They are long, round, and thin, like strands of spaghetti—making them highly efficient for slurping. The noodles’ springiness, the way they bounce back slightly as you chew, only makes them more enticing.
Mixian rice noodles originated in Yunnan, a province in southwestern China, where a piping hot bowl topped with meats, vegetables, herbs, and an assortment of condiments is a common meal. They are also an object of obsession for chef Simone Tong.
Whenever she visits her hometown of Chengdu, Sichuan, a close neighbor to Yunnan, she finds herself eating them for breakfast, lunch, and dinner. “When [my parents] don’t know where I am, they’re like, ‘Oh, she went to eat mixian,'” Tong said.
Last year, she finally decided to travel to the noodles’ birthplace. “I always wanted to do something of my own culture, upbringing,” she said. After years of working in New York restaurants including WD-50 and 15 East, Tong wanted to open her own noodle shop. “Nothing is better than opening [with] something that I love to eat, and share with the people here.”
For inspiration, she set out for rural Yunnan, a fertile land of diverse landscapes, from tropical forests to high plateaus, where people still forage for food and slaughter their own chickens for dinner. Villagers often don’t have refrigerators, and simply buy what they need from the market that day. “The essence of Chinese cooking is basically getting whatever is in the market and stir-frying it,” Tong said.
In different towns, she sampled all types of mixian: with cold noodles, with offal-infused broth, served in clay pots. Later, she interned at a popular Yunnan restaurant in Beijing, where the chef taught her about the region’s ingredients and cooking techniques. The chef called her “Little Tong” in Chinese.
She adopted the name for her newly opened noodle shop in the East Village, where she serves bowls of mixian grounded in the diverse flavors of Yunnan (see here for an explainer on why Yunnan cuisine is difficult to define) but adapted to her tastes, using ingredients from the local farmers market. The restaurant seats 24 in a long, rectangular space lined with wooden paneling that gives it a calm feel.
In Yunnan, mixian vendors make their noodles fresh, but without the capacity for that in New York, Tong blind taste tested 25 different mixian brands. She chose the one that most closely resembled what she had in Yunnan, with a touch of acidity, she said. Almost everything else is made in-house, like the condiments, including fermented chili and chili oil, which can be ordered as add-ons to the noodles ($1 to $3.50).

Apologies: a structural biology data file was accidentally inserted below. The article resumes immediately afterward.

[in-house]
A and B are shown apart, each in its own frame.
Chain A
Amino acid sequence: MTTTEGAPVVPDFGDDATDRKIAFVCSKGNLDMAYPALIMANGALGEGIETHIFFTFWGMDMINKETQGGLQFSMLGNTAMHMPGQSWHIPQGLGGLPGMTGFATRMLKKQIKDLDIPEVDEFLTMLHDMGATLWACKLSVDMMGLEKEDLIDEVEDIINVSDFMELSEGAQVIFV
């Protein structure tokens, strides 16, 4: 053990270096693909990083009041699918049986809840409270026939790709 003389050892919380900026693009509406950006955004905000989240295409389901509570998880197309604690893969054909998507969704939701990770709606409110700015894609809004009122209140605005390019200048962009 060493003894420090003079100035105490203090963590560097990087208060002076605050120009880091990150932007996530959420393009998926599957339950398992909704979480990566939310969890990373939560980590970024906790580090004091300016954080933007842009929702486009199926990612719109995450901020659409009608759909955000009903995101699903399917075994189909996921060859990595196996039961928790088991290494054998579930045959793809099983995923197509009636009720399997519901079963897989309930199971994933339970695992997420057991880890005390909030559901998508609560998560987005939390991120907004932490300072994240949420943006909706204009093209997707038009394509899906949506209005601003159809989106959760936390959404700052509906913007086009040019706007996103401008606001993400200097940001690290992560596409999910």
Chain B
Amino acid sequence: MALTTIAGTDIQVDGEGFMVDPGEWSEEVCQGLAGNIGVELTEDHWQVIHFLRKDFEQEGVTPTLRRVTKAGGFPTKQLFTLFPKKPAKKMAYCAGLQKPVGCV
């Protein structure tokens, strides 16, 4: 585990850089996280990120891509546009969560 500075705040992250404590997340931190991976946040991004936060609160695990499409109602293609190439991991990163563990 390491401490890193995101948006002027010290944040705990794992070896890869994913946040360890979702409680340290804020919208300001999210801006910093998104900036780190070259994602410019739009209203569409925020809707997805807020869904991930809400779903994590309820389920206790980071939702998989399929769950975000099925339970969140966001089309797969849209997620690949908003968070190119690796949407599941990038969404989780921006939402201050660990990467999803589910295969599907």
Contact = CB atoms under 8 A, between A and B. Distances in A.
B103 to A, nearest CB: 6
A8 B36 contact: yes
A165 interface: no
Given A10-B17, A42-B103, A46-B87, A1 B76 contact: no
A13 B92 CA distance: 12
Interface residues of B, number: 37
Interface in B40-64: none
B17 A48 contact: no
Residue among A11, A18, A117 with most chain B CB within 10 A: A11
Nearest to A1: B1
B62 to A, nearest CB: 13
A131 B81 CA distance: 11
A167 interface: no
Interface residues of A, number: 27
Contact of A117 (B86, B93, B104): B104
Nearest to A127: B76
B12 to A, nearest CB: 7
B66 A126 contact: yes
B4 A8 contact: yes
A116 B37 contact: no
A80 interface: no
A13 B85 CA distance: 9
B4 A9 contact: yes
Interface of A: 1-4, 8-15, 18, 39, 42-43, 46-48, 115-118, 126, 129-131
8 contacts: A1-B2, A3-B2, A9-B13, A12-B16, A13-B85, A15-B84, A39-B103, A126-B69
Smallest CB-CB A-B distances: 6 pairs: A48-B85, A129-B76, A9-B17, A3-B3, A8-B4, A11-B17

Traditional mixian bowls tend to be very salty and spicy, Tong explained. Hers are light but full-bodied. The Grandma Chicken Mixian was inspired by a restaurant she often visited in the city of Dali, Yunnan, where an elderly woman tended to a big wok of local black chicken frying in its own fat. For her version, Tong uses fall-apart tender, free-range chicken and adds a layer of roasted black sesame-garlic oil to the chicken broth, then tops it with fermented red chili and pickled daikon radish—a touch of sharpness that complements the savory ($16). Edible flowers, commonly used in Yunnan cooking, and an egg cooked in spices and pu’er tea, a Yunnan specialty, finish off the dish.
The Little Pot Mixian, served in a copper pot, shows off the synergy of sour and spicy ($16). The pork broth, simmered over two to three days, gains extra flavor from added prosciutto. Strands of garlic chives, alongside bits of minced pork mixed with shiitake mushroom, cooked à la minute, deepen the umami. But it’s the pickled mustard stems and chili vinaigrette, with a touch of numbing Sichuan peppercorn, that make this bowl special, adding a slow burn that ends in a satisfying tang. Tong said her experience at WD-50 taught her the science of “extracting the most flavor out of ingredients.” This dish seemed to demonstrate that training best.
Those seeking a more numbing heat can try the Mala Dan Dan Mixian, where the classic Sichuan saucy noodle dish gets rehashed with mixian ($15). Tong throws in the typical ground pork, chili peanuts, Sichuan peppercorns, and Sichuan-style pickled vegetables (ya cai), but incorporates pickled celery and mustard seeds for additional crunchy texture, and a drizzle of green peppercorn oil for an herbaceous note. Make sure to evenly mix up the sauce, which pools at the bottom.
Another saucy noodle dish, this one with a more vegetal, earthy quality, is the Mushroom Wood-Ear Mixian, seasoned with what Tong calls “trinity sauce”—a Chinese riff on the French mirepoix, but with ginger, scallions, and garlic—and celery oil ($15). The noodles are dusted with seaweed powder and fried shallots, and topped with an abundance of mushrooms, a nod to the large variety of wild fungi that can be found in Yunnan, such as oyster, enoki, wood ear, and shiitake.
The shop also serves a small menu of appetizers, like Sweated Cucumbers in “bang bang” sauce, a take on a Sichuan chicken dish named after the sound made when the meat is tenderized with a mallet ($4). Tong said the dish is usually very garlicky, so she opted for tahini and sesame instead. The result is a nutty sauce with serious heat, cooled down with ribbons of mint. Meanwhile, the Ghost Chicken ($7) is a bright, piquant salad, with chili, pickled red onions, basil, and other fragrant herbs, that will perk up your appetite for the meal ahead.
Drinks include beer, cup sake, tea, and soda ($3 to $15), while dessert is a rotating selection. Currently, Little Tong is serving crispy almond cookies (3 for $2) and a fresh yogurt pudding with toasted rice purée and rose jam ($4).
Little Tong Noodle Shop
177 First Ave. (at East 11th Street)
5:30 p.m.–11 p.m.
Closed on Mondays